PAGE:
Subtitled Love, Hope, and a Restaurant in Rwanda, it’s the story of Josh and Alissa Ruxin, who arrived in 2005 to assist in the effort to get a shattered country back on its feet. Newly married and filled with dreams and determination, they were also clear-eyed about the challenges they would face.
And face them they did. They hired the right people. Many native Rwandans and also Africans from neighboring countries proved ready and willing to staff the various undertakings comprising the Millennium Village that Josh was so keen to establish.
Josh Ruxin formulated these rules for making a lasting and meaningful difference:
- If people are hungry, they must be fed, first and foremost.
- Demand high standards, especially when they mean improvement in task performance. Wherever institutions already exist that benefit people, those should be upgraded.
- Corruption of any kind, especially in government, is a deal breaker. Meaningful and lasting change cannot happen unless and until complete honesty and transparency are effected.
- Any project that you undertake should be sustainable; i.e. doable even when you have gone.
- The free market can provide powerful incentives for job creation and general improvement of living conditions.
The Ruxins did not arrive in Rwanda with these rules already in place and ready to put into practice. Rather, they are the result of experience and relentless effort. Some were learned the hard way. But all produced gratifying results. People who had endured – or barely escaped from – the horror of the genocide were finding ways to live again. Not only to live, but to live in a meaningful way, and even to prosper.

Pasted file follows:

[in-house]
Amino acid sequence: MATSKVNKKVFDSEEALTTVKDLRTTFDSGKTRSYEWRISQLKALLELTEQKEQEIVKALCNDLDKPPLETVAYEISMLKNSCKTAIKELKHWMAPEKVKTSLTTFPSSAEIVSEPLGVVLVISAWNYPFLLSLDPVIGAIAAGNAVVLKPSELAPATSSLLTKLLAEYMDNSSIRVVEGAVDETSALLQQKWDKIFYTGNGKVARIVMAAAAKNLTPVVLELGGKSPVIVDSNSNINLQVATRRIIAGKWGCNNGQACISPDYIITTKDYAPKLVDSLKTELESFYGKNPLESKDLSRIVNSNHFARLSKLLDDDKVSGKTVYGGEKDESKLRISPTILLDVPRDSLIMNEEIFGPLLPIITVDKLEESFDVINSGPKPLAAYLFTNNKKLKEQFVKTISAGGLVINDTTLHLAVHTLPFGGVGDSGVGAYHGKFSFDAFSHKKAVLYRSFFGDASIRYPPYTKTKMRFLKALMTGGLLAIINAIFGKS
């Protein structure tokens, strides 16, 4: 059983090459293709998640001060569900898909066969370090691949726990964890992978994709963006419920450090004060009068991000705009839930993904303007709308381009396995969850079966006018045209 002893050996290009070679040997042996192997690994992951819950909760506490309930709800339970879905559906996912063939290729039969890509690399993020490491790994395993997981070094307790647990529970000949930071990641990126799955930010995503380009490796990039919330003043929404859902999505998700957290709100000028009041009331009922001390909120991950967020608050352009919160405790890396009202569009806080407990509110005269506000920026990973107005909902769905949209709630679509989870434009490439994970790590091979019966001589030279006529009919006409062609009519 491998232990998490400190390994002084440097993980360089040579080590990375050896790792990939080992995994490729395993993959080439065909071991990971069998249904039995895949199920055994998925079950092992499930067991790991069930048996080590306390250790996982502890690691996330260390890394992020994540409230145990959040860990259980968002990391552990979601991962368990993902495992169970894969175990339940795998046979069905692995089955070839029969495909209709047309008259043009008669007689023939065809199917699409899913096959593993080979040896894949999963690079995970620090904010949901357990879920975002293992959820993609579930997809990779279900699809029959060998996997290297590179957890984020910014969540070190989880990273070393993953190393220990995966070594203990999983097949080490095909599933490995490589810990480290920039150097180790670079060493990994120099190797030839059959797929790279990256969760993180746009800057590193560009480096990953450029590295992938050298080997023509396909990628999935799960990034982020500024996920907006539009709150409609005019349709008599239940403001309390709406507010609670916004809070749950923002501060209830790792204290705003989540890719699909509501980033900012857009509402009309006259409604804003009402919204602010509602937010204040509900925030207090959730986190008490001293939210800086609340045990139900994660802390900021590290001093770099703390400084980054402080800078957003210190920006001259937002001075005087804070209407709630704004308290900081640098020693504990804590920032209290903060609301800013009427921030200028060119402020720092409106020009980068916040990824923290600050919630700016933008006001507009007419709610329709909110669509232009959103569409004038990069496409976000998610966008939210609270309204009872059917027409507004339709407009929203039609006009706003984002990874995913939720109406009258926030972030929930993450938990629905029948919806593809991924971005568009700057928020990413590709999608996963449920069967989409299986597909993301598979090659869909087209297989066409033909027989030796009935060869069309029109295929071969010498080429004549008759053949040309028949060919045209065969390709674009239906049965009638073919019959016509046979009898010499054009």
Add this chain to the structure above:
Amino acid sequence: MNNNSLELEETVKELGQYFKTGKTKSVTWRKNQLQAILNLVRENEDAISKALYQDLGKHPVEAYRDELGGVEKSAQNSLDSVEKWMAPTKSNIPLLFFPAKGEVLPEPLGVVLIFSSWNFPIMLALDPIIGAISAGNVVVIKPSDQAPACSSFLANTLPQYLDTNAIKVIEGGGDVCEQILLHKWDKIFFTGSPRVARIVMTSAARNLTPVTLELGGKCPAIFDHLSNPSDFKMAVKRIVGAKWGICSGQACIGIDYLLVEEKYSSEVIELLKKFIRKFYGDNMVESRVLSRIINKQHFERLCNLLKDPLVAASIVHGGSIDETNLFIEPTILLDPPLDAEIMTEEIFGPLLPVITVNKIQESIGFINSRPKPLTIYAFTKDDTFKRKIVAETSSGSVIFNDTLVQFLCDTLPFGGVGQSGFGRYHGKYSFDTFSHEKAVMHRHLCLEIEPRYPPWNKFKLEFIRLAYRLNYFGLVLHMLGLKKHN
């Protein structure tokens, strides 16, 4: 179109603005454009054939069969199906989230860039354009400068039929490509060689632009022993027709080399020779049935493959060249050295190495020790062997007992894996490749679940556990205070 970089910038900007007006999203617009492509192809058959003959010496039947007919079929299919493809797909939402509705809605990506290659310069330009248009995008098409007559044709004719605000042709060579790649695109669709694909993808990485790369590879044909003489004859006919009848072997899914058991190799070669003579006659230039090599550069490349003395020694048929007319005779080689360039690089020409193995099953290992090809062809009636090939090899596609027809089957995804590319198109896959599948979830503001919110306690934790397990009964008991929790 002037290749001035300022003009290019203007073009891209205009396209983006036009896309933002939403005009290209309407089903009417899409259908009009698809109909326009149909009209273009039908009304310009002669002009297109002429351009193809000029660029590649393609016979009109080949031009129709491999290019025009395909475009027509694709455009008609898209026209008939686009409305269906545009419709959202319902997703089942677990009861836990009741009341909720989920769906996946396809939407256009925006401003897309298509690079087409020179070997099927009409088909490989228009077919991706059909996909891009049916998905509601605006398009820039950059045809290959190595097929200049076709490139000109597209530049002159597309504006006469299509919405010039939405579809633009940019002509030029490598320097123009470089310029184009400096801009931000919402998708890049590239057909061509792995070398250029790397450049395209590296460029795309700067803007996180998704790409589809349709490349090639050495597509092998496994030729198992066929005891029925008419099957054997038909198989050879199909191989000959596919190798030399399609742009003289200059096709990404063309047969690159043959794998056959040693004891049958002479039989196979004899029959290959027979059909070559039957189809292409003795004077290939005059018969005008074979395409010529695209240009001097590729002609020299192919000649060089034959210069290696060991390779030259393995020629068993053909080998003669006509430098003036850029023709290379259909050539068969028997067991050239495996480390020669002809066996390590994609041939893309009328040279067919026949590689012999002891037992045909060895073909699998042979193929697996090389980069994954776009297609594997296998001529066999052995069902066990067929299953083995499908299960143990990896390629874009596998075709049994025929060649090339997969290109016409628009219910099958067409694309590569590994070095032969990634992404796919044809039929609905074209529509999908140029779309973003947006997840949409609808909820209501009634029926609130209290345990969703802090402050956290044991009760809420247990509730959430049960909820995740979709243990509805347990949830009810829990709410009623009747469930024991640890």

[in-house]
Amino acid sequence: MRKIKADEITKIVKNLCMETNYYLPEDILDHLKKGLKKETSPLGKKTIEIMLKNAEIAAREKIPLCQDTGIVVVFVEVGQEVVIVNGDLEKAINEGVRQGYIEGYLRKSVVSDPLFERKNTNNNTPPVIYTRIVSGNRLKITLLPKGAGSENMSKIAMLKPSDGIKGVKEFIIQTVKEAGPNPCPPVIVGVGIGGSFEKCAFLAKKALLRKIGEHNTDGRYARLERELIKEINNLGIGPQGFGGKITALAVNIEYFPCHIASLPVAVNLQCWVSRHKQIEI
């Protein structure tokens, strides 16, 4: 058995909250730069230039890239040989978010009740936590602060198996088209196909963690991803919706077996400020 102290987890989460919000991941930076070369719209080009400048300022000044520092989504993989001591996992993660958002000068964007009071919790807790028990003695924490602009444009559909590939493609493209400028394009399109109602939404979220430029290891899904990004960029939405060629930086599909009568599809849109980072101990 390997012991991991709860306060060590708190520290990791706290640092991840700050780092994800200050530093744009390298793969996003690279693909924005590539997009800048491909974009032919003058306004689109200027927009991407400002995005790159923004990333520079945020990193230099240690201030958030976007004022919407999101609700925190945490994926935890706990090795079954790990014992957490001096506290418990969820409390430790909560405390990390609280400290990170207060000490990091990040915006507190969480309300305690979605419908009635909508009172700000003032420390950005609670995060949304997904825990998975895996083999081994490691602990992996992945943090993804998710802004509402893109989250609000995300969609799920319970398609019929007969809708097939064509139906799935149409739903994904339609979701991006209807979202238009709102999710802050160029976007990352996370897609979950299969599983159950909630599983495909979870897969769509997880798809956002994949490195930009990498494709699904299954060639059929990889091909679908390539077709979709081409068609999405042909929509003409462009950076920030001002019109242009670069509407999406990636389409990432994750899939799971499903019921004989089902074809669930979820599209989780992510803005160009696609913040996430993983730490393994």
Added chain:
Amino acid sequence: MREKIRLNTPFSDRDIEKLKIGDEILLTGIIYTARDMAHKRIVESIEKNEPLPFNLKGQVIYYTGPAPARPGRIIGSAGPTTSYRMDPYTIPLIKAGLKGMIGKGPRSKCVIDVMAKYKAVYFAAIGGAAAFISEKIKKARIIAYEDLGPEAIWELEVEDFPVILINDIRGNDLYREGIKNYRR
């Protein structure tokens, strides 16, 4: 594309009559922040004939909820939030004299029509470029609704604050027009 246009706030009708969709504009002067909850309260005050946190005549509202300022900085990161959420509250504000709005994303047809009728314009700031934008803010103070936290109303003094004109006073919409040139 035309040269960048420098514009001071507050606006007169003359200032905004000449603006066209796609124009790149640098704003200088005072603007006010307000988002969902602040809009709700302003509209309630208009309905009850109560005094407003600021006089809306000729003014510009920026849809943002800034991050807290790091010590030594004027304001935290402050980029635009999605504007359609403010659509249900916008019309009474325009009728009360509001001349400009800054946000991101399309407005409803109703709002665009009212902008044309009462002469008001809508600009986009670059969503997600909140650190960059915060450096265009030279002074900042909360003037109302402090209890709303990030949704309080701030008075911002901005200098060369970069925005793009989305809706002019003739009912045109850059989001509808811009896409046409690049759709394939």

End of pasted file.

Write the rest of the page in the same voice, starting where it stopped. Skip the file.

Josh Ruxin is also a founding member of Health Builders, an organization devoted to making affordable health care available to all through the establishment of high quality regional clinics. The organization establishes the parameters and initially provides the tools for these facilities; the local population is then empowered to build and run the clinics.
Ruxin earned a Bachelor of Arts degree in the history of Science and Medicine at Yale University. He also holds a Masters in Public Health from Columbia and a PhD in History from the University of London. He is currently on the faculty of Columbia’s Mailman School of Public Health. Work on the Millennium Village – helping the farmers revive the devastated soil, assisting with the establishment of the schools and clinics, finding and hiring top flight local help – Josh was a prime movers in each of these endeavors.